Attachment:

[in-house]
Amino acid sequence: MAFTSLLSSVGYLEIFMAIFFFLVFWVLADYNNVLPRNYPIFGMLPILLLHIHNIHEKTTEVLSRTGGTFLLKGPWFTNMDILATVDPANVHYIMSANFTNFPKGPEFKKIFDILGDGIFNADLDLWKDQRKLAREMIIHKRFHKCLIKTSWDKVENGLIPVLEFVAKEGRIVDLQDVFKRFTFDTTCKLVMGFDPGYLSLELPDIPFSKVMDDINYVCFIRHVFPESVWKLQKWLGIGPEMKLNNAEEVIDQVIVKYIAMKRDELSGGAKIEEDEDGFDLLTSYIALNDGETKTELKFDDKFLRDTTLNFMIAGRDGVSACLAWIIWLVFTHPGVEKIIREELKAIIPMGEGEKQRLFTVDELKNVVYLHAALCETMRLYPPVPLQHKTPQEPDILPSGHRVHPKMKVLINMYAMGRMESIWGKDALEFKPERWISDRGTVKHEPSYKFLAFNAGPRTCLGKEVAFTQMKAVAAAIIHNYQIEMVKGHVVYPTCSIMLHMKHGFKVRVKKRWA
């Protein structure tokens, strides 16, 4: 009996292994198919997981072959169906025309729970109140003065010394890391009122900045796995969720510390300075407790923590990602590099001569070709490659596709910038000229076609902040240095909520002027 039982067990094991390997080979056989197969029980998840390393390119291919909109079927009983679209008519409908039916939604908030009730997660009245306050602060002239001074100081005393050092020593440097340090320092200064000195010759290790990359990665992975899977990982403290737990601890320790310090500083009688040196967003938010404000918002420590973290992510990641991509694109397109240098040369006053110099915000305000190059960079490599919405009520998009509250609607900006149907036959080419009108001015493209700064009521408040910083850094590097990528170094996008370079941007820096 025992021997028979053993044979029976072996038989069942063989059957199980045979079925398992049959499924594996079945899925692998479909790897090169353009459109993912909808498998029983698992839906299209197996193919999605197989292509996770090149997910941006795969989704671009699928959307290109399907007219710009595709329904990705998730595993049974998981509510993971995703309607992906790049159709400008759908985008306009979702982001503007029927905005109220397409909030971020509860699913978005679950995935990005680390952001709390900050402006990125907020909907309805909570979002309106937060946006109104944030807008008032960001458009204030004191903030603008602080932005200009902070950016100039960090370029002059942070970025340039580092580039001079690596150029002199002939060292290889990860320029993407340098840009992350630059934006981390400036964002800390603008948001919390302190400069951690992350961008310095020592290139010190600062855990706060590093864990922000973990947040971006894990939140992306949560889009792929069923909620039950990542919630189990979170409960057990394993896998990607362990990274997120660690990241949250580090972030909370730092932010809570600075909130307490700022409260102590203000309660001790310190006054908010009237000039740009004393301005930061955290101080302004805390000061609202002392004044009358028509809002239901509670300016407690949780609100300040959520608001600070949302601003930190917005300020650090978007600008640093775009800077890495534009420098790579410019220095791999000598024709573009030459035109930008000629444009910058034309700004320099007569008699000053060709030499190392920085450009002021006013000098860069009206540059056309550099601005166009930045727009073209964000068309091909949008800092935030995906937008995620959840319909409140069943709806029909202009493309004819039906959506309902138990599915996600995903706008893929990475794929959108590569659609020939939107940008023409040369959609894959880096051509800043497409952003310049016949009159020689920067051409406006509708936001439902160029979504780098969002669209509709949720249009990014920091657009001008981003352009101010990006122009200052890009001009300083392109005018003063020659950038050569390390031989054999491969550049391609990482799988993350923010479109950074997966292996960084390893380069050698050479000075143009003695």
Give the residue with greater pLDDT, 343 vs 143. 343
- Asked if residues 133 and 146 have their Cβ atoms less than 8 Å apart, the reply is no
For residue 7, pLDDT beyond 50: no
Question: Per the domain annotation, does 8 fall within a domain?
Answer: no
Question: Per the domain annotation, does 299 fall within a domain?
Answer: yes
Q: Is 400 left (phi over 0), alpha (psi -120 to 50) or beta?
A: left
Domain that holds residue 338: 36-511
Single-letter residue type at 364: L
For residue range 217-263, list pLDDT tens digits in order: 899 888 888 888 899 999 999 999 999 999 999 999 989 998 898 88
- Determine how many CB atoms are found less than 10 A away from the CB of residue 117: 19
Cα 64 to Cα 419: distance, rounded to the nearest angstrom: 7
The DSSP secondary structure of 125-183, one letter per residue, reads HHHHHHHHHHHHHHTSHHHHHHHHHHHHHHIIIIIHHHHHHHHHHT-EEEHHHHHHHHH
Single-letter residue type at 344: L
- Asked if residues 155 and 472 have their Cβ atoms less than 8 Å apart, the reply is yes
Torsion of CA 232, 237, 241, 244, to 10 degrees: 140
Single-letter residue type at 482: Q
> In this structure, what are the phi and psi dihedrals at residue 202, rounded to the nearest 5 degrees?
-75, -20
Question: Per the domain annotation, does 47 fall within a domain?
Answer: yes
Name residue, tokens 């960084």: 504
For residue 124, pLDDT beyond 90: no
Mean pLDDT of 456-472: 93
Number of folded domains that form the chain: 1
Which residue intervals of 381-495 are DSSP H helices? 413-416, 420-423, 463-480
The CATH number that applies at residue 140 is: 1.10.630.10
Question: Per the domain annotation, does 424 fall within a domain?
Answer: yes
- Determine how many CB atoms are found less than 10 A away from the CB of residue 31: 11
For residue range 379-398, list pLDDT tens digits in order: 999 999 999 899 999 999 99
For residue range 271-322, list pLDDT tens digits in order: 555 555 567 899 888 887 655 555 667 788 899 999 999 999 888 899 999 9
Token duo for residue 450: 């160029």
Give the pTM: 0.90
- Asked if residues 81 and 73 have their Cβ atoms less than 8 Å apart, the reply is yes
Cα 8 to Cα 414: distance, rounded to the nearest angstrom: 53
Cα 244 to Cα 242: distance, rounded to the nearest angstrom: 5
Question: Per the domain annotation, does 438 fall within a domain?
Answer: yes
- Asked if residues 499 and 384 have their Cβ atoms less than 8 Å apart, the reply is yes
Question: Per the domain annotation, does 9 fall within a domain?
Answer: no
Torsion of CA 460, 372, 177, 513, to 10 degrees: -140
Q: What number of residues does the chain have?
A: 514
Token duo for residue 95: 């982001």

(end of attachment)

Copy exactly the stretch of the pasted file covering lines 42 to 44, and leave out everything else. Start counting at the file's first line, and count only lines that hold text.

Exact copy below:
Cα 244 to Cα 242: distance, rounded to the nearest angstrom: 5
Question: Per the domain annotation, does 438 fall within a domain?
Answer: yes